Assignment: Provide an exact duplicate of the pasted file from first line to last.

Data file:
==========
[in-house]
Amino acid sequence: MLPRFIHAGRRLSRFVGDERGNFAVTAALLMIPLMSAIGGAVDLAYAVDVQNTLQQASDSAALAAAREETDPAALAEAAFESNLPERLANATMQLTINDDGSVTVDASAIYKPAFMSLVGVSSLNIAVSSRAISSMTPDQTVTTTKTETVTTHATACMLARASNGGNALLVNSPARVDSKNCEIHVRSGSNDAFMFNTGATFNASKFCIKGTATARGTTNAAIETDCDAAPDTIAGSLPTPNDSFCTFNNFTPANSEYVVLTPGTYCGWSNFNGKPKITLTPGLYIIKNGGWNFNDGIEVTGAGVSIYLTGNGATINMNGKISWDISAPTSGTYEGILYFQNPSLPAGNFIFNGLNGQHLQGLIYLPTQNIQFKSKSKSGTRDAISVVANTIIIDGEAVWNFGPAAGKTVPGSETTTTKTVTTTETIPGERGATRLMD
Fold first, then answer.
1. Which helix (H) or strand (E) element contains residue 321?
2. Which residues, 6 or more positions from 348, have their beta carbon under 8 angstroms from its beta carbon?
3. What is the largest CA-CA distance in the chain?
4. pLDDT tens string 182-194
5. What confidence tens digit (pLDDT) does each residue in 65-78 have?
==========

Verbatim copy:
[in-house]
Amino acid sequence: MLPRFIHAGRRLSRFVGDERGNFAVTAALLMIPLMSAIGGAVDLAYAVDVQNTLQQASDSAALAAAREETDPAALAEAAFESNLPERLANATMQLTINDDGSVTVDASAIYKPAFMSLVGVSSLNIAVSSRAISSMTPDQTVTTTKTETVTTHATACMLARASNGGNALLVNSPARVDSKNCEIHVRSGSNDAFMFNTGATFNASKFCIKGTATARGTTNAAIETDCDAAPDTIAGSLPTPNDSFCTFNNFTPANSEYVVLTPGTYCGWSNFNGKPKITLTPGLYIIKNGGWNFNDGIEVTGAGVSIYLTGNGATINMNGKISWDISAPTSGTYEGILYFQNPSLPAGNFIFNGLNGQHLQGLIYLPTQNIQFKSKSKSGTRDAISVVANTIIIDGEAVWNFGPAAGKTVPGSETTTTKTVTTTETIPGERGATRLMD
Fold first, then answer.
1. Which helix (H) or strand (E) element contains residue 321?
2. Which residues, 6 or more positions from 348, have their beta carbon under 8 angstroms from its beta carbon?
3. What is the largest CA-CA distance in the chain?
4. pLDDT tens string 182-194
5. What confidence tens digit (pLDDT) does each residue in 65-78 have?